Bad Little Fish WIP Picture

PLEASE comment if you fave! I worked hard on this.
All right, I'm going to try to take part in the 100 Picture Challenge, or whatever it's called here. Basically, you draw one picture each for one of 100 themes. I just started learning how to draw human faces about two months ago. I was going to hold off on entering the challenge until I'd gotten bodily postures down better, but figured that if I waited that long I'd never get anywhere. So I know I still need a lot of work. Maybe doing this challenge will help me improve, maybe not. I like to hope that maybe someday I'll be able to redo this picture and it'll look a whole lot better. For now though, it's much better than what I could have done a couple of months ago.
This is a scene from Part 99 of Escape From Manitou Island [link] The rather evil-looking character on the right is the bad medicine man Mishosha, a Bearwalker, and he's got hold of a young Nebanaubae (merperson) whom he's made a deal with. As this little fellow is about to learn, it's not wise to make deals with Mishosha, hence the theme "Misfortune." (Mishosha's left hand is not missing, it's inside his sleeve.)

This is just the inked sketch. I cropped off a bit of the background for now. I'm planning on filling it all in with colored pencil, as that's the only medium I have, that and a photo program which mangles my pictures when I resize and try to up the saturation a bit.
Anyway...the next theme I believe is "Smile" and I already have it sketched out.
This will be scrapped later on when I upload the finished version. Just wanted to put this in my gallery to brag a bit.
Criticism not desired as I already know all the flaws this has, thank you very much.
*****

The whirlpool of course attracted attention at first, though it took only a moment or two for the several Nebanaubae to realize that it wasn't natural, thus of little interest to them, and they turned and drifted away.

One of them remained behind, peering at it curiously. Its fins swished at the water as it watched the swirls, so unnatural to such a shallow stream...then it happened to glance up, and saw something even more interesting overhead.

Some little bits of something were hitting the surface of the water, and drifting northward.

The Nebanaubae blinked, then peered around itself, seeing if anyone else was about--for if its find was spotted by one of the others, there was no doubt that they would get there first. Seeing no one, it swam up and gingerly plucked a few of the little objects down into the water, sinking as it looked them over curiously.

They appeared to be bits of bark. With little scratches and sketches on them. The Nebanaubae's eyes lit up on seeing its prize, and a wide smile came to its face when it spotted part of the drawing of a lake, a bit of the drawing of a river. Water symbols. Whatever this had been, it had to do with water, which made it even more prizeworthy. A free gift, simply tossed into the water as if not wanted anymore. It clasped the bits of bark in its hands and did a twirl in the water, turning to head back in the direction of the others.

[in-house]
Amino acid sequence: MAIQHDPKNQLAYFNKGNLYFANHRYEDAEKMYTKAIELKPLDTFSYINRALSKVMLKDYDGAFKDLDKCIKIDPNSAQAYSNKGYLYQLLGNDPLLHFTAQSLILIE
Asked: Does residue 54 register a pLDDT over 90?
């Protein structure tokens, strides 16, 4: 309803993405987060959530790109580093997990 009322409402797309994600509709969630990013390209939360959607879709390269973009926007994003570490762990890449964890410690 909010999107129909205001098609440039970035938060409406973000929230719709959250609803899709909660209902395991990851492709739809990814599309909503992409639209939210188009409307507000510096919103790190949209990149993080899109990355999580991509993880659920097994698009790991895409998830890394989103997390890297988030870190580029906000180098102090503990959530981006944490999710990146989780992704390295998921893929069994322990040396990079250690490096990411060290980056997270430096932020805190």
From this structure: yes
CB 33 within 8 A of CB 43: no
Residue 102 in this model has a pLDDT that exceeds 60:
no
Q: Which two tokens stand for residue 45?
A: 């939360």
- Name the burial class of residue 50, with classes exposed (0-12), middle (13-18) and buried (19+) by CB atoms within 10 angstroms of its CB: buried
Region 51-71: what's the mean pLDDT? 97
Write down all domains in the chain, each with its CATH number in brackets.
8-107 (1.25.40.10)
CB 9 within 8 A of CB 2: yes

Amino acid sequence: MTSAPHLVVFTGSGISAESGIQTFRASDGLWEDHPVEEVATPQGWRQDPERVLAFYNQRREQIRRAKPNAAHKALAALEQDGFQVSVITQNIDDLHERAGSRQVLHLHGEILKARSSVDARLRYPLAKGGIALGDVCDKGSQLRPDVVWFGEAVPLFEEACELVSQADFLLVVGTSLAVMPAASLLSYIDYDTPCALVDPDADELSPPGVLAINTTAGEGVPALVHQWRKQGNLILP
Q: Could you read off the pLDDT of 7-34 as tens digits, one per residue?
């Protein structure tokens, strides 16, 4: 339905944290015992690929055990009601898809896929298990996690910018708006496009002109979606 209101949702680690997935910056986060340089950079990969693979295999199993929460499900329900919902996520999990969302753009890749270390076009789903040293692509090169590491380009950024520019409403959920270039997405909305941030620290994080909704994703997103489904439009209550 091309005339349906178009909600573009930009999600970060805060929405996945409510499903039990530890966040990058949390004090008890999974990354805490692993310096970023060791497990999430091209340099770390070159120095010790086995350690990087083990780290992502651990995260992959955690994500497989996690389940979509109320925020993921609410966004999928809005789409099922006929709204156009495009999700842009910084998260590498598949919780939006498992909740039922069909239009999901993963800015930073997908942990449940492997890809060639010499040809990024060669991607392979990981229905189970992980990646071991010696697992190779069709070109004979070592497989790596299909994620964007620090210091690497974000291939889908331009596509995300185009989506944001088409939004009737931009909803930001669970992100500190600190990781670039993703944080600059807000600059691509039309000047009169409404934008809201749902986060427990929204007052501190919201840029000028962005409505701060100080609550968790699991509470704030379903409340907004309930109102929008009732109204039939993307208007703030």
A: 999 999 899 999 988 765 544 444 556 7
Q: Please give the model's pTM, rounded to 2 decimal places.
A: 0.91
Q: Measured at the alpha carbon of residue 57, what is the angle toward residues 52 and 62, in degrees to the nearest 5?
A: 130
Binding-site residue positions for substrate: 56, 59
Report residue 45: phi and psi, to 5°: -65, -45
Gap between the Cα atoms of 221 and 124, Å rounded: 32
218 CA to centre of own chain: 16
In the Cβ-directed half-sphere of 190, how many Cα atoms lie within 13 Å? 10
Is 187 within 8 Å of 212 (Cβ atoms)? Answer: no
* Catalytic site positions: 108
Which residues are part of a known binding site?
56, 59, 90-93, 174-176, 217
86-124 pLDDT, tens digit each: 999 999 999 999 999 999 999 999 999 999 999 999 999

Something plunged down into the water and grabbed the Nebanaubae by the neck. It managed to let out a startled squeal before being dragged out of the stream with a splash, its tail waving over the water. It blinked and gasped, gills dilating and arms flailing.

Mishosha gave the Nebanaubae such a glare that it started shaking. "Well," he said, and his face twisted into an ugly sneer. "Look who's come back."

A rustling noise came from beside him and a woman stepped up to stand on the bank. She gave the quivering Nebanaubae the same look.

"Is this that one you struck that deal with?" she inquired.

Mishosha's mouth twitched. "That would be the one. I do remember that I told him to head back to his own people...and now here he is...in the very same place as that girl and her friends. Now why would that be?" He tilted his head in mock curiosity. "How is it that you just happen to show up here...?"

The Nebanaubae had to squirm and struggle just to speak, its voice coming out paper thin. "I...I was only looking around! Not following or anything! I didn't know they were here! I just..."

"An awful lot of excuses," the woman sneered.

"A great mouthful of excuses from a tiny fish," Mishosha added. His grip on its neck tightened and it started wheezing, grasping onto his hand and futilely trying to pry itself loose. "Normally bears like to eat fish...but this one is rather small...so I say we toss it back and wait until it gets bigger."

With this, he swung the Nebanaubae through the air and it let out another squeal before its body slammed into the stream, striking some nearby rocks. It could suddenly breathe again, but this mattered little, seeing as its ribs cracked and the breath whooshed out of its lungs in a burst of bubbles. It spun about in the water a few times--though not of its own volition--before slowing and beginning to drift with the current, slowly sinking toward the bottom. A thin trail of little bubbles followed it for a moment before dying away. Mishosha and the woman stood on the bank, staring after it until it vanished from sight; then the woman snorted and crossed her arms.

"Rather too easy on the little runt," she groused. "I think he rather would have made a good dinner."


Nebanaubae and Mishosha are from Ojibwa mythology. Makwaquae is © Tehuti.
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